"Correct, little one," Gaia replies approval of your wisdom in her eyes, "But tell me, little one, who is the villain in that story."
You think about the story for a little while and then say, "Helium is the villain. Helium pollutes the core and kills Sol."
"Very good, little one," Gaia smiles and you feel she has played a trick on you, "And Helium is a villain, is she not, for she is useless to me also. I cannot build living things from her. She is aloof and antisocial. She refuses to bond with other atoms, to build molecules. She plays no part in Life. Tell me, little one, who are the heroes when it comes to elements that make up Life?"
"Well, let me see, " you don't really need to ponder the answer, you are just trying to put it in the best words, "Hydrogen is one, for she is the most numerous atom in our bodies, she is involved in virtually every molecule, she is two out of three of the atoms in every molecule of water. Then there is Carbon, she too is heroic, for her ability to form four bonds is what allows our bodies to build the complex molecules required to fulfill all the multitude of functions required for Life. And then Oxygen is important. Her hunger for electrons is what allows us to change our molecules from one form to another so quickly. And then there is Nitrogen, Sodium, Chlorine, Calcium, Iron, Phosphorus, Potassium and many more."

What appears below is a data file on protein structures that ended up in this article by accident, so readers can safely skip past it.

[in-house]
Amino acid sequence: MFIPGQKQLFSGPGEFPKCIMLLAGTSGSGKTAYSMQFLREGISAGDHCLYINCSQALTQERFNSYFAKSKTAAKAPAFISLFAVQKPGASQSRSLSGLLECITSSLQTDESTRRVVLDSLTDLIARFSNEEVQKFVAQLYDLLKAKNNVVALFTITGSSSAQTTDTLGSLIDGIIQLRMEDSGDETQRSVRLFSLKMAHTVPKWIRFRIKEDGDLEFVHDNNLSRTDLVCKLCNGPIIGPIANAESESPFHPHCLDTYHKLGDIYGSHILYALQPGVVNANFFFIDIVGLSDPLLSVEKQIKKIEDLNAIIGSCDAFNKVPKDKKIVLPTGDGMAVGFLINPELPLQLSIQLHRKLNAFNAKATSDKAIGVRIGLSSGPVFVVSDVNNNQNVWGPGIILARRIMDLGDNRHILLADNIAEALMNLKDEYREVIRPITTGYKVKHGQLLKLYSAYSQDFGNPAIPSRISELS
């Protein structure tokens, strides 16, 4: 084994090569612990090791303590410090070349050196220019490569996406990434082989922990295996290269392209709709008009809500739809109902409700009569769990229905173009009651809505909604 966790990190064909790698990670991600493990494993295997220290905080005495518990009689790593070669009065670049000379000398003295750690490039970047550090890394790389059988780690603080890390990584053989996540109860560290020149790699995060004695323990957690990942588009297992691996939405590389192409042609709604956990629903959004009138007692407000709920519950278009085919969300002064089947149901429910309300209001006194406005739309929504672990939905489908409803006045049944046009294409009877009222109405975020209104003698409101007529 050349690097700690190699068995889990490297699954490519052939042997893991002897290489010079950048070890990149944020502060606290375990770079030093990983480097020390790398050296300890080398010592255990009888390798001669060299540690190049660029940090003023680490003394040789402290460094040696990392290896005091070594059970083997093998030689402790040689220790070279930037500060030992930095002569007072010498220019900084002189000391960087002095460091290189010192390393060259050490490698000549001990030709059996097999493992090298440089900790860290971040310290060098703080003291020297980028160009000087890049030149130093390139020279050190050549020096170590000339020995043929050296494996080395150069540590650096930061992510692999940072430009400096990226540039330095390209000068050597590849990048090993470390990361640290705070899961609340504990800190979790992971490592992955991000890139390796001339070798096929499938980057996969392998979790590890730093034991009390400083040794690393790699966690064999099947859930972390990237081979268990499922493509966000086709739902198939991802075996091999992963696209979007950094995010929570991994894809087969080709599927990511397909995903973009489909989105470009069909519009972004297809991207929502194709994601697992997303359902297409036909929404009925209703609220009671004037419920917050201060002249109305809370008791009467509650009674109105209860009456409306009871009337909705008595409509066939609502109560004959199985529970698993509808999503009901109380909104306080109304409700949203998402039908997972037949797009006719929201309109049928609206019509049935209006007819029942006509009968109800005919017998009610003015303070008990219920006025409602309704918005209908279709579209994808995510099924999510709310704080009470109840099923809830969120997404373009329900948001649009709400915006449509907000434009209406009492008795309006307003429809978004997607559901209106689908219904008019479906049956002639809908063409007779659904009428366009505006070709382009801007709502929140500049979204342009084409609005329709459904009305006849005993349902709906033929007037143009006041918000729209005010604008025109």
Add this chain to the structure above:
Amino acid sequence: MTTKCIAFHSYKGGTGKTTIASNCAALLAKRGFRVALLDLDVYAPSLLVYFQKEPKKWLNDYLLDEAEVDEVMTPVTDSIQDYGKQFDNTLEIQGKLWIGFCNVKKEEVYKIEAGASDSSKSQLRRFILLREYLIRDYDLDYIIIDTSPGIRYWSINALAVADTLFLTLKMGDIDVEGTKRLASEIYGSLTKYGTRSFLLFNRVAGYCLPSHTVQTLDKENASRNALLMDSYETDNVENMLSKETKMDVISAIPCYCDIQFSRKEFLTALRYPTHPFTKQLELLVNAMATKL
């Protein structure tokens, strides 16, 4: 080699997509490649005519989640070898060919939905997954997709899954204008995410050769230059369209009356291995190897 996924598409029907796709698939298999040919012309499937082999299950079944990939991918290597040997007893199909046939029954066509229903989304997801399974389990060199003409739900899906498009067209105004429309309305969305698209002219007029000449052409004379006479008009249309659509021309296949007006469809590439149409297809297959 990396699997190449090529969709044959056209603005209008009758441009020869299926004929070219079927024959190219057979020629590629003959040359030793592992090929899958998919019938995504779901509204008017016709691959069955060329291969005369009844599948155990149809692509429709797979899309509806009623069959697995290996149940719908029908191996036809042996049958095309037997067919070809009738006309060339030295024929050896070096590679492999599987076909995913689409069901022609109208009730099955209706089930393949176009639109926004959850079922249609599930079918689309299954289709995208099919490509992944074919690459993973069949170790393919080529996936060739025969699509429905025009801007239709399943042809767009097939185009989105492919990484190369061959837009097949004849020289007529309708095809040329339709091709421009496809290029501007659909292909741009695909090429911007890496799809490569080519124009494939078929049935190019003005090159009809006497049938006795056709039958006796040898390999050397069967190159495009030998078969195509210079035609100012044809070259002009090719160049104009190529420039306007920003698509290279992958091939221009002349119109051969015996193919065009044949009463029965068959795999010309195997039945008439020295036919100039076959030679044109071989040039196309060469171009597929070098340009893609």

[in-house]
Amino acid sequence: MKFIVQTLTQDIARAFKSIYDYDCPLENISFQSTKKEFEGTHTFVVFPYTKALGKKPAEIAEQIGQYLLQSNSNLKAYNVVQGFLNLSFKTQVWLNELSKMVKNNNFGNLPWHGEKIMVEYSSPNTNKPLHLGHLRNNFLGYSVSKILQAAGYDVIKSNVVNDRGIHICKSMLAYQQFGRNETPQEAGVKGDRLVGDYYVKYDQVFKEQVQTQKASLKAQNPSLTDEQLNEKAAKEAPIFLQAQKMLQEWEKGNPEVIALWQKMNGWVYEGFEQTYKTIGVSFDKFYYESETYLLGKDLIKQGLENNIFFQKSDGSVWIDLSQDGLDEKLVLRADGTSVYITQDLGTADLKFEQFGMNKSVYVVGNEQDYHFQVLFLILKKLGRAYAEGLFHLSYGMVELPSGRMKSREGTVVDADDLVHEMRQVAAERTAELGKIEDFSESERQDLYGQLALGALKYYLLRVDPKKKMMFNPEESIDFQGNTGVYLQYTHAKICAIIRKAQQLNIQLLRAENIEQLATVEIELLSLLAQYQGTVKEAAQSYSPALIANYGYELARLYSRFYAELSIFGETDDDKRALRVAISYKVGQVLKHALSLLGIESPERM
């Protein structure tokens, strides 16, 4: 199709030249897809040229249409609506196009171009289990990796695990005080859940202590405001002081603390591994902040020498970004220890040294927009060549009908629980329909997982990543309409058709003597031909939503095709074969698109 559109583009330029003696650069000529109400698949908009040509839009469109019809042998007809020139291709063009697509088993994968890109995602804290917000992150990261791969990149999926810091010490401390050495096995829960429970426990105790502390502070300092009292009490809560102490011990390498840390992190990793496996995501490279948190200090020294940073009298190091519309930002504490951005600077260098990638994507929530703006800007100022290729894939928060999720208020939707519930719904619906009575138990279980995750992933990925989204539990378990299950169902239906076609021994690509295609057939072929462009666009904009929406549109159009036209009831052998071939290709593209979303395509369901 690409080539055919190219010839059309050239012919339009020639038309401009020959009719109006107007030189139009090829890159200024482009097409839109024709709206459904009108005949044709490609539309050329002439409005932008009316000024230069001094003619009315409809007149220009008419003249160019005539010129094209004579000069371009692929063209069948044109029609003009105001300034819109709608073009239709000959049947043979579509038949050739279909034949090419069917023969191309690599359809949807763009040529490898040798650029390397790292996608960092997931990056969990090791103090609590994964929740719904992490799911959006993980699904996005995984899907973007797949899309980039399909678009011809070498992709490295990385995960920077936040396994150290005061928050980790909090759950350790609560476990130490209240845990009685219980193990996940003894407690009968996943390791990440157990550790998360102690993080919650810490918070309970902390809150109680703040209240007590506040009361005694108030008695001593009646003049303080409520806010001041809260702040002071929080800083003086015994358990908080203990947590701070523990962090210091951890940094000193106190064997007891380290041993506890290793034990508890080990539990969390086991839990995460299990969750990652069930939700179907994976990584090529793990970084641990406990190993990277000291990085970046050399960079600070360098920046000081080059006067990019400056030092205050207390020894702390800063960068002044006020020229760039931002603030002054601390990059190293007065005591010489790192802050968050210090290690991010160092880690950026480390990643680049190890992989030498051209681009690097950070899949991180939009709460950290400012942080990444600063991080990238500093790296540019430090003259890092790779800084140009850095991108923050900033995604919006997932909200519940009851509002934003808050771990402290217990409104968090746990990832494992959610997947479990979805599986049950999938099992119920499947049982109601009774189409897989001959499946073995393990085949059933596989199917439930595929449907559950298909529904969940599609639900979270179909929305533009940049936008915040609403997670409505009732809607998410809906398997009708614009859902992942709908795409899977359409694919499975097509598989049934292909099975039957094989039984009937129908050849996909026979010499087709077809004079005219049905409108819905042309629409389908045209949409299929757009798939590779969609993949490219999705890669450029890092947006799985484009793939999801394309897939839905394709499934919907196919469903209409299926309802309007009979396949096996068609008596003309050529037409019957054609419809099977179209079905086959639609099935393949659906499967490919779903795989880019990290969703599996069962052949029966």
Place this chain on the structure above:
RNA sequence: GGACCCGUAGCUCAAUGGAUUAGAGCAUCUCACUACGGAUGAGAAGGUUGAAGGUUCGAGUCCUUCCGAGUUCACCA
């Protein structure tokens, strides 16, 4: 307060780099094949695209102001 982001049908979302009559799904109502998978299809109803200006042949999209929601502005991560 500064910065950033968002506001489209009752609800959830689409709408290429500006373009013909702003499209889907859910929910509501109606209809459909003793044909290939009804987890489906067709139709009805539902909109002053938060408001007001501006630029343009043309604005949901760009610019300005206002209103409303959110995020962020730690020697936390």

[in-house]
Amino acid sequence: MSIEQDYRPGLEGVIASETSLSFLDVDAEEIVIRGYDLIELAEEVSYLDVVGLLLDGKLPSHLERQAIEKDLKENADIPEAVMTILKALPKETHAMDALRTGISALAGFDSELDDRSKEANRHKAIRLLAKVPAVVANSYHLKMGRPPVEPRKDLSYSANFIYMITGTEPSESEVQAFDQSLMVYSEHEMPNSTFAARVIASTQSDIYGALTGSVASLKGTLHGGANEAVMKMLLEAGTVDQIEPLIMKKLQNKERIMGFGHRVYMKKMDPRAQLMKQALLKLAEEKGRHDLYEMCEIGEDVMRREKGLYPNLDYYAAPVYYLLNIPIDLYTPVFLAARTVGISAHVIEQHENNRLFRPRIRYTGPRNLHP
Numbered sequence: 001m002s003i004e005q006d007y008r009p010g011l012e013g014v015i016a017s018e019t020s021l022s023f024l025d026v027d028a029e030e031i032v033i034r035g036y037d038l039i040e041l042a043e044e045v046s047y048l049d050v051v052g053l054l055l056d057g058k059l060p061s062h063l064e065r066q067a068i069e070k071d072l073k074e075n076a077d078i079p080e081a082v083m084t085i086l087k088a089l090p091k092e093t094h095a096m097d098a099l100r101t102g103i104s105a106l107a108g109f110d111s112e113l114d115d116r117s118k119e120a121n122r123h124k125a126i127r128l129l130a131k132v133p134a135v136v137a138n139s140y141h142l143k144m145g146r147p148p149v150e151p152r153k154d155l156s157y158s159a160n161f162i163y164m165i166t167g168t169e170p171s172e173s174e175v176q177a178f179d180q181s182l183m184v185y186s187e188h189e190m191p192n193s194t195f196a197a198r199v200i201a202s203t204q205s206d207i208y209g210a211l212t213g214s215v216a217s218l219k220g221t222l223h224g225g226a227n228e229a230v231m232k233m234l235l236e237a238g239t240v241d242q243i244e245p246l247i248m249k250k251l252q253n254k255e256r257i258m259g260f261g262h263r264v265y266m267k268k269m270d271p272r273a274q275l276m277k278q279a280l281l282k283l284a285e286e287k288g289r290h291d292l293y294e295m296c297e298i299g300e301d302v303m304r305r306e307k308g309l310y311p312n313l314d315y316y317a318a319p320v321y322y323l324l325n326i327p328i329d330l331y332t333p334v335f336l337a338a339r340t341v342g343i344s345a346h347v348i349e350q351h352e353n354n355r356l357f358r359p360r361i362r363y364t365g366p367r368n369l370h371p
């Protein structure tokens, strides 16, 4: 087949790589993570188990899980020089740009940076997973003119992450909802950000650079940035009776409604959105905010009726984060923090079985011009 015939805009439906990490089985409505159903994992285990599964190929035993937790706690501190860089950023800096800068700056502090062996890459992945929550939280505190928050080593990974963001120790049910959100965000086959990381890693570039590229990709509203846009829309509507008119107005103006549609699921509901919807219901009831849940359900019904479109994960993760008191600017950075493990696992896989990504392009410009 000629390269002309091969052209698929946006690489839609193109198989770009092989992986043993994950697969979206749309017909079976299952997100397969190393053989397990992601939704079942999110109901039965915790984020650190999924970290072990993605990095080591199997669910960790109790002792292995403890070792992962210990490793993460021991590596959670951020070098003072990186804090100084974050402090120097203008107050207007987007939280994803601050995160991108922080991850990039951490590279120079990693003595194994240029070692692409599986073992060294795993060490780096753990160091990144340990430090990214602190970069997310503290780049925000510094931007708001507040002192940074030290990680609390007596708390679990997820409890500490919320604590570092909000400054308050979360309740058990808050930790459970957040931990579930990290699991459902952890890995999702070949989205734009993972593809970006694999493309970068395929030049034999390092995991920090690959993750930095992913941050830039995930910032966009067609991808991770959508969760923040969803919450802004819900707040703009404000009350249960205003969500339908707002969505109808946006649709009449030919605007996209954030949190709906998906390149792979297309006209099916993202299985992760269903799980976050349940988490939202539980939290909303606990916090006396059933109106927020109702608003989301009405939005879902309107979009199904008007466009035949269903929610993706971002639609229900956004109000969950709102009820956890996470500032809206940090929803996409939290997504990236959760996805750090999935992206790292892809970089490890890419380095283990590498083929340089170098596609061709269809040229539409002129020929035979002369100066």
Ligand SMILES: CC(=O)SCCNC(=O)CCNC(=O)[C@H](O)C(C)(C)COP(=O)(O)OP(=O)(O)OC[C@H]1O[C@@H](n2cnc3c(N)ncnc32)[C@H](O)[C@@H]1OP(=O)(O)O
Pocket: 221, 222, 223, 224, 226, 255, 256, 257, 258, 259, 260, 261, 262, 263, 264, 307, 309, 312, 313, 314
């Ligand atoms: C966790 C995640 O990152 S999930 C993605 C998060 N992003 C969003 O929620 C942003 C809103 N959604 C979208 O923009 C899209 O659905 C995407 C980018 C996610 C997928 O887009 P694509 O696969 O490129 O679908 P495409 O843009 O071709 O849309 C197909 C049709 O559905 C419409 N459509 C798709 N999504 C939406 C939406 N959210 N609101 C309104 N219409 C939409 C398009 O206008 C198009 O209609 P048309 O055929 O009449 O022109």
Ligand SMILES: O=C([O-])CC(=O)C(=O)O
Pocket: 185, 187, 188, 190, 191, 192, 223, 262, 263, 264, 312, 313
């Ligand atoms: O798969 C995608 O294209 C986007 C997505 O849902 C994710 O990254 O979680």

"Very good answer, little one," Gaia laughs and you know she is still holding a surprise for you, "Where did all these heroes of organic chemistry come from, little one?"
"We learned, quite recently, that they came from earlier generations of stars who died to spread their wealth of those elements into the Galactic Cloud." You reply automatically and from rote.
"And so if stars did not die, where would those elements be today?" Gaia replies with a serious look and you know the trap is sprung.
"Still in the cores where it is too hot for Life to live." you say and feel that understanding is beginning to dawn.
"So, little one," Gaia says and she has shown you the error in your myth, "Helium is the ultimate hero of the story, is she not. She kills stars so that Life can have their little local heroes, Carbon, Oxygen, Nitrogen and all of the others. She has provided me with the diversity of elements that I need so that I can create and evolve Life into every growing possibilities. If all I had was Hydrogen, I would have but one molecule to work with. I would be impossible.
"You are Helium, little one. You play her part. All of the world's problems that you cause are as nothing, if only you can play your ultimate role and spread my Life to a million other worlds. Just as Helium is the mid-wife of the elements, so too are you my midwife. Strive to play your part. You are not broken or misdirected. You have an ambiguous part to play. Play your part, little one." She smiles and her smile becomes very still. You realize that the forest is gone and you are back in your home and she is once again a statue of a women sitting in lotus position before you on a table. You have your part to play, your thing to do.